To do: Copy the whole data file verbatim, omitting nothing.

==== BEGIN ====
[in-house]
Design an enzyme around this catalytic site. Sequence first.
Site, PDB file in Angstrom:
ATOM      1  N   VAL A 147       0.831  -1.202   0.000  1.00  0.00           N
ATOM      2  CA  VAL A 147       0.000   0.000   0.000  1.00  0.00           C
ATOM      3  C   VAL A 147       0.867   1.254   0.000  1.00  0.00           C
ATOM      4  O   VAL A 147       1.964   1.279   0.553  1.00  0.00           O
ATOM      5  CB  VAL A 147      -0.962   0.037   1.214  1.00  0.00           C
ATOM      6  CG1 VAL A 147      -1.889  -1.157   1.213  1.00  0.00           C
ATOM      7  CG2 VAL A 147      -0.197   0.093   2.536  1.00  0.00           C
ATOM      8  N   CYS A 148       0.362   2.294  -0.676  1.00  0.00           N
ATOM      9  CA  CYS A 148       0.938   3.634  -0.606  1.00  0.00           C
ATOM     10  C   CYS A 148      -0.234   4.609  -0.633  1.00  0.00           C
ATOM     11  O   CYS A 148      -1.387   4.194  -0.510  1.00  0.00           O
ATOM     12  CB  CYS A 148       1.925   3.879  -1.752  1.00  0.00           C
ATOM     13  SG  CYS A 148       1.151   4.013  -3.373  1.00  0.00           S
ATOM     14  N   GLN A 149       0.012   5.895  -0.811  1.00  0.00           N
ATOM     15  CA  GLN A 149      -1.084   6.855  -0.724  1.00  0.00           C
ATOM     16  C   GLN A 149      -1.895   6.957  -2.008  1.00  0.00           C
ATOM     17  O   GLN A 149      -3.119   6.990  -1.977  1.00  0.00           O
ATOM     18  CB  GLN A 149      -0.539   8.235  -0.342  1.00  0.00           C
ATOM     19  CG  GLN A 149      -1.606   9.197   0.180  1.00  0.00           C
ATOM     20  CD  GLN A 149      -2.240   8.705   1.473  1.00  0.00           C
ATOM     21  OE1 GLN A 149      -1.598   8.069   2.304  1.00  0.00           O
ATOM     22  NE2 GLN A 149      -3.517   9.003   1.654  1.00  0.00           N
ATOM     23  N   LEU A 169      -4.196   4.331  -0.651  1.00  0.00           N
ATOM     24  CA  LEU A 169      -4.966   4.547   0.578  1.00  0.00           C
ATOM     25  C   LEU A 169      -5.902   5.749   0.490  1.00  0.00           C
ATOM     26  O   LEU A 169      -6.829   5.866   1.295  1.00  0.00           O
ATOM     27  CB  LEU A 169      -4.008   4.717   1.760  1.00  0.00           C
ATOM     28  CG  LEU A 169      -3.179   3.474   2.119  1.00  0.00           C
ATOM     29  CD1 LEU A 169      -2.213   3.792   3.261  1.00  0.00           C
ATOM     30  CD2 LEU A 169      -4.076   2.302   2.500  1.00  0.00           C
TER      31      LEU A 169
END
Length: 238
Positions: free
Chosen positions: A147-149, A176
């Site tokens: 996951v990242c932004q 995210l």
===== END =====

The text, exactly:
[in-house]
Design an enzyme around this catalytic site. Sequence first.
Site, PDB file in Angstrom:
ATOM      1  N   VAL A 147       0.831  -1.202   0.000  1.00  0.00           N
ATOM      2  CA  VAL A 147       0.000   0.000   0.000  1.00  0.00           C
ATOM      3  C   VAL A 147       0.867   1.254   0.000  1.00  0.00           C
ATOM      4  O   VAL A 147       1.964   1.279   0.553  1.00  0.00           O
ATOM      5  CB  VAL A 147      -0.962   0.037   1.214  1.00  0.00           C
ATOM      6  CG1 VAL A 147      -1.889  -1.157   1.213  1.00  0.00           C
ATOM      7  CG2 VAL A 147      -0.197   0.093   2.536  1.00  0.00           C
ATOM      8  N   CYS A 148       0.362   2.294  -0.676  1.00  0.00           N
ATOM      9  CA  CYS A 148       0.938   3.634  -0.606  1.00  0.00           C
ATOM     10  C   CYS A 148      -0.234   4.609  -0.633  1.00  0.00           C
ATOM     11  O   CYS A 148      -1.387   4.194  -0.510  1.00  0.00           O
ATOM     12  CB  CYS A 148       1.925   3.879  -1.752  1.00  0.00           C
ATOM     13  SG  CYS A 148       1.151   4.013  -3.373  1.00  0.00           S
ATOM     14  N   GLN A 149       0.012   5.895  -0.811  1.00  0.00           N
ATOM     15  CA  GLN A 149      -1.084   6.855  -0.724  1.00  0.00           C
ATOM     16  C   GLN A 149      -1.895   6.957  -2.008  1.00  0.00           C
ATOM     17  O   GLN A 149      -3.119   6.990  -1.977  1.00  0.00           O
ATOM     18  CB  GLN A 149      -0.539   8.235  -0.342  1.00  0.00           C
ATOM     19  CG  GLN A 149      -1.606   9.197   0.180  1.00  0.00           C
ATOM     20  CD  GLN A 149      -2.240   8.705   1.473  1.00  0.00           C
ATOM     21  OE1 GLN A 149      -1.598   8.069   2.304  1.00  0.00           O
ATOM     22  NE2 GLN A 149      -3.517   9.003   1.654  1.00  0.00           N
ATOM     23  N   LEU A 169      -4.196   4.331  -0.651  1.00  0.00           N
ATOM     24  CA  LEU A 169      -4.966   4.547   0.578  1.00  0.00           C
ATOM     25  C   LEU A 169      -5.902   5.749   0.490  1.00  0.00           C
ATOM     26  O   LEU A 169      -6.829   5.866   1.295  1.00  0.00           O
ATOM     27  CB  LEU A 169      -4.008   4.717   1.760  1.00  0.00           C
ATOM     28  CG  LEU A 169      -3.179   3.474   2.119  1.00  0.00           C
ATOM     29  CD1 LEU A 169      -2.213   3.792   3.261  1.00  0.00           C
ATOM     30  CD2 LEU A 169      -4.076   2.302   2.500  1.00  0.00           C
TER      31      LEU A 169
END
Length: 238
Positions: free
Chosen positions: A147-149, A176
């Site tokens: 996951v990242c932004q 995210l």